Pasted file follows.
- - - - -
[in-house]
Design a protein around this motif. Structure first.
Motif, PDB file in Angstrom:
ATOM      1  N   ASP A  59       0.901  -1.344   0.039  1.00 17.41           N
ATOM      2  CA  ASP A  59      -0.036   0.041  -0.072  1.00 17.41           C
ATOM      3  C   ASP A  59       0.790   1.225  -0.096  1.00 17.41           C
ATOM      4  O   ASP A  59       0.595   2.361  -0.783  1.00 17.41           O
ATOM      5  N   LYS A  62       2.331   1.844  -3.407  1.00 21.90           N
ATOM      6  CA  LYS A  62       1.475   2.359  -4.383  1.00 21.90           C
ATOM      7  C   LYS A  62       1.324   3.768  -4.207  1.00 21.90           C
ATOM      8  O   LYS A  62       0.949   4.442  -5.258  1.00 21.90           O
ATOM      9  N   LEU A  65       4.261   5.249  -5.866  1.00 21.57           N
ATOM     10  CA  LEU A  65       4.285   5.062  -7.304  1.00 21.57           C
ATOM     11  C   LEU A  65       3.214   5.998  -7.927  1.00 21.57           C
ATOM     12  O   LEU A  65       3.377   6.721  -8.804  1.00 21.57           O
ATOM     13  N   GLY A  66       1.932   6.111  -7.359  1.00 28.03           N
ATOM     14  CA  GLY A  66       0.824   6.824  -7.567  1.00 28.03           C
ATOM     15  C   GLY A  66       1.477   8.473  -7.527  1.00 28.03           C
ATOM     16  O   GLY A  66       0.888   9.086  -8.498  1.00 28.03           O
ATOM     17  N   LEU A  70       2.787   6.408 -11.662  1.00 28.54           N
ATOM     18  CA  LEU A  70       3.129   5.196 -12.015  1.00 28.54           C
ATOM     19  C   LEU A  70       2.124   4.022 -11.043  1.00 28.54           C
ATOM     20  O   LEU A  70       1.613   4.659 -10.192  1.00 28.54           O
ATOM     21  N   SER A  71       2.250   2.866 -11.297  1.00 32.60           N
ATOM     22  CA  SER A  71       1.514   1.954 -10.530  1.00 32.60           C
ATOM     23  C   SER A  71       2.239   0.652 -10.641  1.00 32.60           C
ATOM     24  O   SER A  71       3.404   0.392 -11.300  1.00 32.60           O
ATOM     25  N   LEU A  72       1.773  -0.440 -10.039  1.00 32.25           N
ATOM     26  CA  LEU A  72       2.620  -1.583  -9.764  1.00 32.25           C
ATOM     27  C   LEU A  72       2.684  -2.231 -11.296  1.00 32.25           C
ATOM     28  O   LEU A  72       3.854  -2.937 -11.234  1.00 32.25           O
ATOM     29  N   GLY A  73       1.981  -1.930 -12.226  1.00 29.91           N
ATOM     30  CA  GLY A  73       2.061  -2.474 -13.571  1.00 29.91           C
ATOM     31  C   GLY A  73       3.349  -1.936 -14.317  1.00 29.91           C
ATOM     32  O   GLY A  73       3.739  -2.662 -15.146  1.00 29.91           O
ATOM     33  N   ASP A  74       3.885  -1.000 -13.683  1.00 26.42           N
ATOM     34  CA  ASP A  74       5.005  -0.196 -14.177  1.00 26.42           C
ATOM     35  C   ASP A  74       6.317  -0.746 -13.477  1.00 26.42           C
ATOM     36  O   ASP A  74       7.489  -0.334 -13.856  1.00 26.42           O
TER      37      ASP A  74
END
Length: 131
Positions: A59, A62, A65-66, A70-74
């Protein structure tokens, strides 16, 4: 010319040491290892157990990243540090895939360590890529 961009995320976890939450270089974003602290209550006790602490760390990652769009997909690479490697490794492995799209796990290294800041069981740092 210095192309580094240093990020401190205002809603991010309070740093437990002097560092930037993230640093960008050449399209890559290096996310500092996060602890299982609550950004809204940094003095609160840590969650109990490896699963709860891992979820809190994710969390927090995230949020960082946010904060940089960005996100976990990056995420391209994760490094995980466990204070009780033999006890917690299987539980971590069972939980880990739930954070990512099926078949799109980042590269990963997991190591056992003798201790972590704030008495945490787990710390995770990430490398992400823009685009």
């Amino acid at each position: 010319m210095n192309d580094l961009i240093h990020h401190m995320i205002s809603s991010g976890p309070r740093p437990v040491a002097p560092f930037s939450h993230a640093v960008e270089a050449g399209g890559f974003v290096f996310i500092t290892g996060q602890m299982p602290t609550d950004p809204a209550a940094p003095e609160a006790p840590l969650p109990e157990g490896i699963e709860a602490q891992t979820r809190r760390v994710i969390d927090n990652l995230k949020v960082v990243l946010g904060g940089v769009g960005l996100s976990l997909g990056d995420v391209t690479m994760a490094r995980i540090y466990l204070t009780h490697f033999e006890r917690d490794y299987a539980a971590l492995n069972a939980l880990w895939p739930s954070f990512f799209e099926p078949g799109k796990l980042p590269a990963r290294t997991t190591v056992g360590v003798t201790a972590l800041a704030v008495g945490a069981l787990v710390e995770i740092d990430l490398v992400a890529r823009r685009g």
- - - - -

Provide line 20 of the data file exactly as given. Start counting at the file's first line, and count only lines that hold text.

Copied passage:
ATOM     17  N   LEU A  70       2.787   6.408 -11.662  1.00 28.54           N